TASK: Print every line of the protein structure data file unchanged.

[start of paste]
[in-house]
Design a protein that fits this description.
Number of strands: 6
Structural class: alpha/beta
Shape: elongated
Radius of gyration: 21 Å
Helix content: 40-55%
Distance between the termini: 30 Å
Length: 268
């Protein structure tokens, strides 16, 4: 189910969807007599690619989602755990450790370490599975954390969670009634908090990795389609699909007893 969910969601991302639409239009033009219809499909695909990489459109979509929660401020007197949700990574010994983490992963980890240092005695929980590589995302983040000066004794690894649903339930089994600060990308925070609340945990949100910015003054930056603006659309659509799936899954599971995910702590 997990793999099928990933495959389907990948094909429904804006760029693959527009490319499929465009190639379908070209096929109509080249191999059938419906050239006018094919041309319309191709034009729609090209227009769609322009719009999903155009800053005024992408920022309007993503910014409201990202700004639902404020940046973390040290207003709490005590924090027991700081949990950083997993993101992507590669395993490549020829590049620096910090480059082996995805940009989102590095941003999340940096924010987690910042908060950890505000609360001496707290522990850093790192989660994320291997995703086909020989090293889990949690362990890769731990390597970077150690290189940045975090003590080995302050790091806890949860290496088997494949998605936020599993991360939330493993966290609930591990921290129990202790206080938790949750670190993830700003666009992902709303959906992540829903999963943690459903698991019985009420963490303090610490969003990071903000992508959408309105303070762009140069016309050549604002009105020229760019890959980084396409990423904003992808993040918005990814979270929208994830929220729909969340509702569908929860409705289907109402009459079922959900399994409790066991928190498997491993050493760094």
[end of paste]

[in-house]
Design a protein that fits this description.
Number of strands: 6
Structural class: alpha/beta
Shape: elongated
Radius of gyration: 21 Å
Helix content: 40-55%
Distance between the termini: 30 Å
Length: 268
């Protein structure tokens, strides 16, 4: 189910969807007599690619989602755990450790370490599975954390969670009634908090990795389609699909007893 969910969601991302639409239009033009219809499909695909990489459109979509929660401020007197949700990574010994983490992963980890240092005695929980590589995302983040000066004794690894649903339930089994600060990308925070609340945990949100910015003054930056603006659309659509799936899954599971995910702590 997990793999099928990933495959389907990948094909429904804006760029693959527009490319499929465009190639379908070209096929109509080249191999059938419906050239006018094919041309319309191709034009729609090209227009769609322009719009999903155009800053005024992408920022309007993503910014409201990202700004639902404020940046973390040290207003709490005590924090027991700081949990950083997993993101992507590669395993490549020829590049620096910090480059082996995805940009989102590095941003999340940096924010987690910042908060950890505000609360001496707290522990850093790192989660994320291997995703086909020989090293889990949690362990890769731990390597970077150690290189940045975090003590080995302050790091806890949860290496088997494949998605936020599993991360939330493993966290609930591990921290129990202790206080938790949750670190993830700003666009992902709303959906992540829903999963943690459903698991019985009420963490303090610490969003990071903000992508959408309105303070762009140069016309050549604002009105020229760019890959980084396409990423904003992808993040918005990814979270929208994830929220729909969340509702569908929860409705289907109402009459079922959900399994409790066991928190498997491993050493760094």